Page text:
• Understand and produce oral and written academic texts with appropriateness and fluency in distinct communicative contexts.
  • Use spoken English and French correctly for academic and professional purposes related to the study of linguistics, history, culture and literature.
    English and Classics Studies
  • Act with ethical responsibility and respect for fundamental rights and duties, diversity and democratic values. 
  • Demonstrate the ability to work autonomously and in teams in order to achieve the planned objectives in multicultural and interdisciplinary contexts.
  • Students must have and understand knowledge of an area of study built on the basis of general secondary education, and while it relies on some advanced textbooks it also includes some aspects coming from the forefront of its field of study.
  • Understand and produce oral and written academic texts with appropriateness and fluency in distinct communicative contexts.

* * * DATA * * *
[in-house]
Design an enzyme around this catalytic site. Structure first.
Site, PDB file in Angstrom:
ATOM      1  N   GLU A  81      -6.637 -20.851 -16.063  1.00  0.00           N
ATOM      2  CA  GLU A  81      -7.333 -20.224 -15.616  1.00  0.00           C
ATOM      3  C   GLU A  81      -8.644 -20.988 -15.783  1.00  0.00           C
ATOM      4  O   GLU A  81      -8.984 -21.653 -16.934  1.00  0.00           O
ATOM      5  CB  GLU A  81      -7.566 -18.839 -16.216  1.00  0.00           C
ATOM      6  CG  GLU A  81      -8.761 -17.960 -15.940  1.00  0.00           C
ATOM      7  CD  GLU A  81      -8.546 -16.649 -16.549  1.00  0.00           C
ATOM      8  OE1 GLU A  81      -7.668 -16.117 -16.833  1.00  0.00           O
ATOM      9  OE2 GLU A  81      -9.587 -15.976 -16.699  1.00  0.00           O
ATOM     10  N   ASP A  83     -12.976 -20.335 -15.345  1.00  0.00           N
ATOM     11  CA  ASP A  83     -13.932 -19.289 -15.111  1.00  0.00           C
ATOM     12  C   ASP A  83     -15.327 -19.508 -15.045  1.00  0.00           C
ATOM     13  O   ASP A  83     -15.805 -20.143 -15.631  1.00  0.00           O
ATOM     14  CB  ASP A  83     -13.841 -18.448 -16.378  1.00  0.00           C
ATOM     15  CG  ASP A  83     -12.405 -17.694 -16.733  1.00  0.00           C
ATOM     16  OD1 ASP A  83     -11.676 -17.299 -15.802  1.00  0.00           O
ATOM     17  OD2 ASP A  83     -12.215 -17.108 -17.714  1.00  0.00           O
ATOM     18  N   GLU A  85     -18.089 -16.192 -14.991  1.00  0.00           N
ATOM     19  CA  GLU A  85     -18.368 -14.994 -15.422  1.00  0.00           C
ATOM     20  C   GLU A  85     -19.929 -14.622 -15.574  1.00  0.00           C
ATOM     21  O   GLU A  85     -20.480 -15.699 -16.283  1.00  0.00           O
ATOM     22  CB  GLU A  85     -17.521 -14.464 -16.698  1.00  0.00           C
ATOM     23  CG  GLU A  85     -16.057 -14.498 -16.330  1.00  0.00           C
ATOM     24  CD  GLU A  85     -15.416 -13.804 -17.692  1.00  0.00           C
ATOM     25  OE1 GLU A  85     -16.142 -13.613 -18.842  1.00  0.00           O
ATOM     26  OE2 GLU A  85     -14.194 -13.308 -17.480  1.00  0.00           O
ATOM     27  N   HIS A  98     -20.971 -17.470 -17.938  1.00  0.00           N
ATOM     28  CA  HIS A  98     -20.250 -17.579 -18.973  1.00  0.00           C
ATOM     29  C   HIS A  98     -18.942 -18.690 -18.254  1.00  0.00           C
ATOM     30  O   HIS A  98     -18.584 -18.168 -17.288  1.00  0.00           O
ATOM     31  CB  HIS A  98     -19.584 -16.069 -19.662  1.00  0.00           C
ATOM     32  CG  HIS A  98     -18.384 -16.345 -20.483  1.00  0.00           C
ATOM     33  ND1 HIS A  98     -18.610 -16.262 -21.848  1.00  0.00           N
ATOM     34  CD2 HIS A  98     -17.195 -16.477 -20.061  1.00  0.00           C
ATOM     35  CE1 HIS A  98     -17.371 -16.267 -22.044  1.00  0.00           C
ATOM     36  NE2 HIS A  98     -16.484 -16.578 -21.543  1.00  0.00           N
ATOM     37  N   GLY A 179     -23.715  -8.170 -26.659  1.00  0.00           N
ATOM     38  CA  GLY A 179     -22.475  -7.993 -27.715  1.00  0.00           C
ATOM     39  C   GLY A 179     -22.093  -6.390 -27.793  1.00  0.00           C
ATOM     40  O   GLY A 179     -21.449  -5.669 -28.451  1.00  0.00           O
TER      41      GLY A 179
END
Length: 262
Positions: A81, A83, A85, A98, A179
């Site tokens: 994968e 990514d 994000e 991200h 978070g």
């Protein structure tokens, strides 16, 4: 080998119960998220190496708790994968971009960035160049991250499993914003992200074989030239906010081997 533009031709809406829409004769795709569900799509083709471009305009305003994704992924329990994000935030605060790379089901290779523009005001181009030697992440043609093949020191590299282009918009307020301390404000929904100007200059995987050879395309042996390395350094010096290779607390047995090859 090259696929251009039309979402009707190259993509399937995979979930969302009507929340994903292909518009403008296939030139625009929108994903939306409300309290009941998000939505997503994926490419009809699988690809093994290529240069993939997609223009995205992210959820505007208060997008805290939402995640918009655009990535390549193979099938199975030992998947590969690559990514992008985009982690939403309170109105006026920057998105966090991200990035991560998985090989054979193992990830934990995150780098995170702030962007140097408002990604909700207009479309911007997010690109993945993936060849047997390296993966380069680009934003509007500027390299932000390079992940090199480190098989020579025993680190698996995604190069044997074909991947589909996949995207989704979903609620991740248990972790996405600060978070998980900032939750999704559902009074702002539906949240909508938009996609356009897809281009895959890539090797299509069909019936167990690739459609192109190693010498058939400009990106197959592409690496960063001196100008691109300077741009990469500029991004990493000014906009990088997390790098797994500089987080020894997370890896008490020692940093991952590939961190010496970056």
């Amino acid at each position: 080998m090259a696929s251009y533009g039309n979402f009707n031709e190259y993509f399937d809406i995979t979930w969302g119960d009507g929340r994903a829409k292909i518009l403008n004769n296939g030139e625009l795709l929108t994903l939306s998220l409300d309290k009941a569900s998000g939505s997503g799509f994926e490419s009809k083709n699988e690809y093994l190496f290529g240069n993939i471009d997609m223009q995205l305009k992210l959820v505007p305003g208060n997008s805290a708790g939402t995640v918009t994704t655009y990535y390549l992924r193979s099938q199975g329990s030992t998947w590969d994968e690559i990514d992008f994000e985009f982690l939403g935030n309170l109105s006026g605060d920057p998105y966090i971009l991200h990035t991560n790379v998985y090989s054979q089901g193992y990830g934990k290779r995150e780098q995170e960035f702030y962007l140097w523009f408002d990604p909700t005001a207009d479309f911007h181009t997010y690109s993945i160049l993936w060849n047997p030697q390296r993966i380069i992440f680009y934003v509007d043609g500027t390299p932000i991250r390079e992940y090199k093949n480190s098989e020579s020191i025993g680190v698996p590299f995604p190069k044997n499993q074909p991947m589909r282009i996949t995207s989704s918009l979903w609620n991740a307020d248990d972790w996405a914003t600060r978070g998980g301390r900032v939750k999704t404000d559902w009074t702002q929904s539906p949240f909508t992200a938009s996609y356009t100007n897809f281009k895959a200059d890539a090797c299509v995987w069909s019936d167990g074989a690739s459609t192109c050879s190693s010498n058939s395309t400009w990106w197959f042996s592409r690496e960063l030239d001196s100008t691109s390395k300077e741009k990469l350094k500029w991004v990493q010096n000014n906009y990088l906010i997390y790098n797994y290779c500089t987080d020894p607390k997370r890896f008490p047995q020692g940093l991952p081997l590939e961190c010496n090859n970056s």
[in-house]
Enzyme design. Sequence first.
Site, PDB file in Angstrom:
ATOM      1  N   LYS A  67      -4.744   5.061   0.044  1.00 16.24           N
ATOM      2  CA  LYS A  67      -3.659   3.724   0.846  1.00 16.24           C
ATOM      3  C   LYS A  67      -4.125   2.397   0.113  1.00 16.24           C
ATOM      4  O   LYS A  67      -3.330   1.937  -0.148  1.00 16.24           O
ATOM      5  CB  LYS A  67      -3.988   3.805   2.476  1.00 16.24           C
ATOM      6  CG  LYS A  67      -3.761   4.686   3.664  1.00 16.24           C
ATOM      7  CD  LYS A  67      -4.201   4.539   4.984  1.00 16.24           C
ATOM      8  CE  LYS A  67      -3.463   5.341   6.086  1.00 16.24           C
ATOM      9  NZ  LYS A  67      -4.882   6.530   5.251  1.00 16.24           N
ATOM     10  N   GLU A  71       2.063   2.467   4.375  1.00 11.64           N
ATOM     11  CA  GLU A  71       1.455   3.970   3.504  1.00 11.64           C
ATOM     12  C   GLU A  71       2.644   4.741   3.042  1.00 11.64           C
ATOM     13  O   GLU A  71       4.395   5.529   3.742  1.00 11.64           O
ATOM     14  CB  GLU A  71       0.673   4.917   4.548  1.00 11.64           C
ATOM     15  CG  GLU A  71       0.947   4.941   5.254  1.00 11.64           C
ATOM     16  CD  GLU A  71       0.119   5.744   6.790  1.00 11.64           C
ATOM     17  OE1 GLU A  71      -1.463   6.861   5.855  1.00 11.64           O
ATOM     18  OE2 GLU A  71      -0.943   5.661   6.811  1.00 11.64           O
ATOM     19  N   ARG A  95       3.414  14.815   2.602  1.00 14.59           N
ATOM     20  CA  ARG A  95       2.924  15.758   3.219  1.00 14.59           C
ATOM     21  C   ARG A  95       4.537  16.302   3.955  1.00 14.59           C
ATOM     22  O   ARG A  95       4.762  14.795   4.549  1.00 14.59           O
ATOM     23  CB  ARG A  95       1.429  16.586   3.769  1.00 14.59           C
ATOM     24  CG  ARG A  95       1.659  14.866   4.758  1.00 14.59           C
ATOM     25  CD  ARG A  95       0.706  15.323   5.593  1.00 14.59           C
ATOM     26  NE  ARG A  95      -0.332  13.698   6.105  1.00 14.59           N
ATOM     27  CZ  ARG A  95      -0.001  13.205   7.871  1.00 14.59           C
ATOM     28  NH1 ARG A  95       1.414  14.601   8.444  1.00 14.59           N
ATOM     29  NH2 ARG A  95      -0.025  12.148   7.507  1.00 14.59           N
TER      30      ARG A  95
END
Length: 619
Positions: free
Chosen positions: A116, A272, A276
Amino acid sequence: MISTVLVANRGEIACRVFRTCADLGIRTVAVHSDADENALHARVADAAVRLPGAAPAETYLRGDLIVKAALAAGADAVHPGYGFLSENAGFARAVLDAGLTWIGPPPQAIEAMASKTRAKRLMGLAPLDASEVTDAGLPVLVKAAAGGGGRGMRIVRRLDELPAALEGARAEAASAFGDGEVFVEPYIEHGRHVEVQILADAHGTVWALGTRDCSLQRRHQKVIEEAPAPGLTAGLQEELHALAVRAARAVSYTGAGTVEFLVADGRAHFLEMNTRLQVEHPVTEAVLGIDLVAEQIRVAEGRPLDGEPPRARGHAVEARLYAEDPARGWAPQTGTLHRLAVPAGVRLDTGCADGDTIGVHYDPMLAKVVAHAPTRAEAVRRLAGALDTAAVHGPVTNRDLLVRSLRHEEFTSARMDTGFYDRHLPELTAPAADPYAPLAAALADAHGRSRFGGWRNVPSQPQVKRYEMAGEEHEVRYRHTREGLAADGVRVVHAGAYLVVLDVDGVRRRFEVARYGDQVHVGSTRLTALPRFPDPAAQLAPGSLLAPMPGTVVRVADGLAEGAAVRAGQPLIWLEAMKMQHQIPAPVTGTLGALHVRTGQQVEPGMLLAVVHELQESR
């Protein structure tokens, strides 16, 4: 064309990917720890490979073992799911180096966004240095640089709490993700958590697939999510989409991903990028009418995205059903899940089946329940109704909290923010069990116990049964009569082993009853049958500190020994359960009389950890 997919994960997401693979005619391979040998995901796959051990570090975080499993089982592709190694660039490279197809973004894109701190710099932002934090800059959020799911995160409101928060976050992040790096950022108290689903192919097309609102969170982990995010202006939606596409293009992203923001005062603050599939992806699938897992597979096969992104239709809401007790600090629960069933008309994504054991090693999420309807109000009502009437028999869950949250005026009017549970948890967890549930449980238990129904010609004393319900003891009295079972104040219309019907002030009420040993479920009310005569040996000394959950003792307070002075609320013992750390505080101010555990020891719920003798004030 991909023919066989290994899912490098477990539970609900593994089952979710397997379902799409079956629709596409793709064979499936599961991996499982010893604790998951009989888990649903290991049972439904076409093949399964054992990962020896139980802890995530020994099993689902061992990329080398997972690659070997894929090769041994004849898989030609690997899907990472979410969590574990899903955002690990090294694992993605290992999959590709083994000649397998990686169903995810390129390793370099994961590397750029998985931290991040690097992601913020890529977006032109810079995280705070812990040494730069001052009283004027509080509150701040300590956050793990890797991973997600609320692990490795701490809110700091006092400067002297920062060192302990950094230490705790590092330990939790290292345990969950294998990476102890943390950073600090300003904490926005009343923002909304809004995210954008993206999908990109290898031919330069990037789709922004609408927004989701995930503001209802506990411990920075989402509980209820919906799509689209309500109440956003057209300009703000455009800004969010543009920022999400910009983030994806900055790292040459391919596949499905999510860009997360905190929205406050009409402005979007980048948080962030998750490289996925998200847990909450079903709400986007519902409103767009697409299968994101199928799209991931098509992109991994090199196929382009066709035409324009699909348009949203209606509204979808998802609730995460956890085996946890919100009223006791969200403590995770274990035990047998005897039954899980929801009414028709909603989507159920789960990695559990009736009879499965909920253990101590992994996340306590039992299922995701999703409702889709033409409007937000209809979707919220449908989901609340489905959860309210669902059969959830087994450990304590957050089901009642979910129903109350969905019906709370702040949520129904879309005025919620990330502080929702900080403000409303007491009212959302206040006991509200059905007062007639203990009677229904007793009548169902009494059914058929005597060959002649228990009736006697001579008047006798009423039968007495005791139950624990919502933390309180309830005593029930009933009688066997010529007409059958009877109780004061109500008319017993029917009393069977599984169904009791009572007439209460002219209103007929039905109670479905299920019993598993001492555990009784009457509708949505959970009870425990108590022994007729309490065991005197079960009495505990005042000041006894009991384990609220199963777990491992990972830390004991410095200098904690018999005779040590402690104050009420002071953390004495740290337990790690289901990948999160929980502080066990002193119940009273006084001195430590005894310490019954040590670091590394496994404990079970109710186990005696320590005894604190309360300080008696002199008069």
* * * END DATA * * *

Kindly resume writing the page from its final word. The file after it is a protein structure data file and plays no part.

• Use written and spoken English correctly for academic and professional purposes related to the study of English linguistics, history, culture, and literature.

Learning Outcomes

  1. Express oneself in English orally and in writing in a formal register and using the appropriate terminology in relation to the characterisation of academic discourse.
  2. Modulate written and oral discourse in order to express oneself respectfully and ethically in a context of academic interaction.
  3. Plan work effectively, individually or in groups, in order to fulfil the planned objectives.